Letter from Ernest Irving to Ralph Vaughan Williams

Letter No.: 
March 17th., 1952

Ernest Irving
4, The Lawn,
Ealing Green, W.5.

Dear R.V.W.

After a final and careful read-through I cannot find any reason to alter my first opinion.
The work is, like its subject, grand and expansive; static in places, heavy in texture, cold in colour and episodic in working out. The Antarctic is like that, and any epic founded on Man’s struggle with Nature is necessarily episodical. Section two has a salty tang with dolphins and unicorns among the whales and porpoises.
Your worry about “my” three bars is pure moonshine. They are just a kittiwake imitating Mabel Ritchie, and you have not even stuck to my original!
The Intermezzo is all right - portraying the simple domestic sincerity which must - or should - mark the emotional set-up of an explorer’s wife! And the last movement returns to the majesty of the original theme - with a most moving finish.
It should be remembered that you were inspired by the story and its milieu, with only the script and a few actual photographs of the Antarctic scene; short of going there, a poet or composer’s muse could not get closer touch with Nature. I have often recounted my amazement on finding that the Main Title Music, written out of the blue, exactly fitted the glacier climb.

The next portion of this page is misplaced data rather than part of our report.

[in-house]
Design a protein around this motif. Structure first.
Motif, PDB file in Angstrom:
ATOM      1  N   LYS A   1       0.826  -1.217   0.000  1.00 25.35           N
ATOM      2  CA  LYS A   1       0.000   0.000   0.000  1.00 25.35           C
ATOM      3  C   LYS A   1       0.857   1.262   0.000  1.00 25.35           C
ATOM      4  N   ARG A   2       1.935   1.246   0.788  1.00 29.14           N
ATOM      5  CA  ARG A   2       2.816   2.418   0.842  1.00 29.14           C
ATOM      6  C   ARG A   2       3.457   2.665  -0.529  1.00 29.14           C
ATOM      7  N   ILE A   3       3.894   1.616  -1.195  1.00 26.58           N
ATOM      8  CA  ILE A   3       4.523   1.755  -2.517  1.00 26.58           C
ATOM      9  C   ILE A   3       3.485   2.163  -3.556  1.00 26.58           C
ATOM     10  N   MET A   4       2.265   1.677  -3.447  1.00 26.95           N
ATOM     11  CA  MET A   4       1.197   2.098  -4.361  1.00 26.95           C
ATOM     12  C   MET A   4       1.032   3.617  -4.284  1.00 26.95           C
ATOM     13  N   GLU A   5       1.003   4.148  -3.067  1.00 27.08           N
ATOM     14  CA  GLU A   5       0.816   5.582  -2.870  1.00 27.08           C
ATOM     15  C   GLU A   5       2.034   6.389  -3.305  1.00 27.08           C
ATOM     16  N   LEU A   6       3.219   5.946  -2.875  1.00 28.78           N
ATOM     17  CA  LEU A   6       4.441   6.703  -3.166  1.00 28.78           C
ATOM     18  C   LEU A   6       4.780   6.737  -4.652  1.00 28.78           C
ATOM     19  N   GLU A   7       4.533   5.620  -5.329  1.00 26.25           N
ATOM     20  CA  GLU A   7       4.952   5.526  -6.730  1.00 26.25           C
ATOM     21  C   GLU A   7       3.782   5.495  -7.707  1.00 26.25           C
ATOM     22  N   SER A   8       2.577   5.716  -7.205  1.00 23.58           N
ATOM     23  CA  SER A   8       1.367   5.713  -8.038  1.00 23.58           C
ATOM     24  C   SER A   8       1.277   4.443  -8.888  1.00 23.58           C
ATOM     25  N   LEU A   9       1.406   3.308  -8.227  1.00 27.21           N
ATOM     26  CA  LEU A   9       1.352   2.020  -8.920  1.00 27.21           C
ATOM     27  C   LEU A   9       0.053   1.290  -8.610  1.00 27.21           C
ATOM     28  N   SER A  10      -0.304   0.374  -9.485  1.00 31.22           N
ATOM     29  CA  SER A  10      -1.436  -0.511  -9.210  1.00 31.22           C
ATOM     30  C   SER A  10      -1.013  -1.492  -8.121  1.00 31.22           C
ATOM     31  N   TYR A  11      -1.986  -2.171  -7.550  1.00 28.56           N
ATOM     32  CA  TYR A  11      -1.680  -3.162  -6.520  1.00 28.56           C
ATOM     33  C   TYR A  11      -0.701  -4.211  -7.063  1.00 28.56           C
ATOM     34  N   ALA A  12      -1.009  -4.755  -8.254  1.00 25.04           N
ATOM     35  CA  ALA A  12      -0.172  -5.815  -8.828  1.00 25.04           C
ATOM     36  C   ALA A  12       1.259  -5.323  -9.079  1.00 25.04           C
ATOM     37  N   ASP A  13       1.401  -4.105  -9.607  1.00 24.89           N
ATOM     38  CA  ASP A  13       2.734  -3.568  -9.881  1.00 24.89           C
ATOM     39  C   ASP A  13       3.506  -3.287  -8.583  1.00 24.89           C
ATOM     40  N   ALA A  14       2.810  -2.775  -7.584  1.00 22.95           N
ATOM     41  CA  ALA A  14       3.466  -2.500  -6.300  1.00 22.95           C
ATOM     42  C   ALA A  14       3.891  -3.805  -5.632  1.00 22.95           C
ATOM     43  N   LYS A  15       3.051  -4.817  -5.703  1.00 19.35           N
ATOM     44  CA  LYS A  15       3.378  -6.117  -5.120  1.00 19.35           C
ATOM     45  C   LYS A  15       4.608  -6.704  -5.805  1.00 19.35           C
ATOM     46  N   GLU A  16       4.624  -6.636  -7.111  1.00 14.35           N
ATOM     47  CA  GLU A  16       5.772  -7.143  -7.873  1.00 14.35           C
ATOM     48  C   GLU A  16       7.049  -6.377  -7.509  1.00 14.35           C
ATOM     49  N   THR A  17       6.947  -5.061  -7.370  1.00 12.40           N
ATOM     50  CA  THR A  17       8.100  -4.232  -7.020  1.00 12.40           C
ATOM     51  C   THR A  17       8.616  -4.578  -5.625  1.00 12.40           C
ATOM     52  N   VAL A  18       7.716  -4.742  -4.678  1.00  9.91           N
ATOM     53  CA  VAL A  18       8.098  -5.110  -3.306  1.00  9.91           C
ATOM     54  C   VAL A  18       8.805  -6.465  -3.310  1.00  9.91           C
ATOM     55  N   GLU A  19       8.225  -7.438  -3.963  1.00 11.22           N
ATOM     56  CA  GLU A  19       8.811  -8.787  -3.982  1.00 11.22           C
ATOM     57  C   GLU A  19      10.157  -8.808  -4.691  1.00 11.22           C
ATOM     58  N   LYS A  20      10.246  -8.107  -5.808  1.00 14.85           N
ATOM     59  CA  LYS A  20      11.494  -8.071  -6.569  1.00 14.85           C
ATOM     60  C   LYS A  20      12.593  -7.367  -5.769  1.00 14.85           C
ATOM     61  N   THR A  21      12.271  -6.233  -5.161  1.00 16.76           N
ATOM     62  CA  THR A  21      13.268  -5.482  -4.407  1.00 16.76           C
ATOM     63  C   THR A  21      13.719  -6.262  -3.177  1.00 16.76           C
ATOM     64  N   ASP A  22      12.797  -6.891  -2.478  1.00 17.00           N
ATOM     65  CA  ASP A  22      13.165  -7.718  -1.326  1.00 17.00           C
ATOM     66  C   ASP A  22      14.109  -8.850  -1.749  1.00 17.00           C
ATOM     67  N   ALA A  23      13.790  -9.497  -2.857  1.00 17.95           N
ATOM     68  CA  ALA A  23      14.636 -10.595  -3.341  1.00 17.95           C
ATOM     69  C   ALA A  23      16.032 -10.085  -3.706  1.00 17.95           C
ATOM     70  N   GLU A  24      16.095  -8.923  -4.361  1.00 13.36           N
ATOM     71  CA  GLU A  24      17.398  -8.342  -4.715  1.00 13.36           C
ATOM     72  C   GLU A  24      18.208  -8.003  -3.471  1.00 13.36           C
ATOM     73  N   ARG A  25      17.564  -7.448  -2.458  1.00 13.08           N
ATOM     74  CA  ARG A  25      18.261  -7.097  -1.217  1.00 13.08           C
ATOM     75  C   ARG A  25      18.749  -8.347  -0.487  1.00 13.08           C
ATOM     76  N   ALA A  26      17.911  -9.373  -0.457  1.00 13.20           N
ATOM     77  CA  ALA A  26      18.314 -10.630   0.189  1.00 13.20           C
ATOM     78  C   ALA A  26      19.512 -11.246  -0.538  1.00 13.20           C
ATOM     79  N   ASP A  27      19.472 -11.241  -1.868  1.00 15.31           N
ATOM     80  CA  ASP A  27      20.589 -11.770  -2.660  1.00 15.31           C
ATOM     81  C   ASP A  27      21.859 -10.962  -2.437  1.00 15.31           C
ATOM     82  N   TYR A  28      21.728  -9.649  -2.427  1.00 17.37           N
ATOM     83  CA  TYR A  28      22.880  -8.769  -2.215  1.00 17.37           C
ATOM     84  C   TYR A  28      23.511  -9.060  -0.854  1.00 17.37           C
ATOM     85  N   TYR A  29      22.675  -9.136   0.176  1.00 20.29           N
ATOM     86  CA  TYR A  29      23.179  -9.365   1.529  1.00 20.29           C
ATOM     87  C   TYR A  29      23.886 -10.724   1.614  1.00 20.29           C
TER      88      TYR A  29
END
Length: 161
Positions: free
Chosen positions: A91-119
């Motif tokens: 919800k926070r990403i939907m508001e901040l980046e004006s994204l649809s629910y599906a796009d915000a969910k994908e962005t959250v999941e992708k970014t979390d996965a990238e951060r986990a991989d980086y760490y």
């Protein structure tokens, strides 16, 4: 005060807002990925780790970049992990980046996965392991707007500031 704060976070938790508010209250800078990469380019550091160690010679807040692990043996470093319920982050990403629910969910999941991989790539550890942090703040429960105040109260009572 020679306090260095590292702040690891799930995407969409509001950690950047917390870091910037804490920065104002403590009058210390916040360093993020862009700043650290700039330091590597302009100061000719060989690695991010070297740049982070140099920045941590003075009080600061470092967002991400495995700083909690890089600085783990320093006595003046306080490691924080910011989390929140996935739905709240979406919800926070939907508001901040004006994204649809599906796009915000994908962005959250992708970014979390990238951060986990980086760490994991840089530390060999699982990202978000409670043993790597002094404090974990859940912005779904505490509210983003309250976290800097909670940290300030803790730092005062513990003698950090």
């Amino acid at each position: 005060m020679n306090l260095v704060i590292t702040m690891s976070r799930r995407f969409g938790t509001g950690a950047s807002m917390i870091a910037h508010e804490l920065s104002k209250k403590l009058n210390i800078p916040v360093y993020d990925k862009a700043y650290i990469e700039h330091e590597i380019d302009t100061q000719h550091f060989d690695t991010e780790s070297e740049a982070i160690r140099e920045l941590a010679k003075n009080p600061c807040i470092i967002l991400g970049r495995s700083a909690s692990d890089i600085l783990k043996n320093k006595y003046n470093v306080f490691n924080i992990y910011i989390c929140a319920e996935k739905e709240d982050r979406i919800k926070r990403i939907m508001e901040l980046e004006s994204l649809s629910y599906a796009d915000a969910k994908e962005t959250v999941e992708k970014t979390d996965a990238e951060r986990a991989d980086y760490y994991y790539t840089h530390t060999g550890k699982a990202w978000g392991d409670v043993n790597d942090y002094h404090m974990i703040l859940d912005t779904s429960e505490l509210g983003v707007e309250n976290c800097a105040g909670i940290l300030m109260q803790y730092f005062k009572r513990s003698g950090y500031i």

I am certain John Barbirolli will like it, and give it the sostenuto playing it requires. I find the modern practice of turning non-legato crotchets into quavers increasingly distressing, and the new Festival Hall shows it up nakedly.
I have put the Symphony in a Folio. Please do not return it; it will help to keep the score clean and tidy, and Roy Douglas will find it useful.
The Ides of March are past and you have pleasant weather for your journey, but keep out of the east wind.
All kind thoughts,
Yours ever,


Location of original letter:

Shelfmark of original letter: 
MS Mus. 1714/1/19, f. 149

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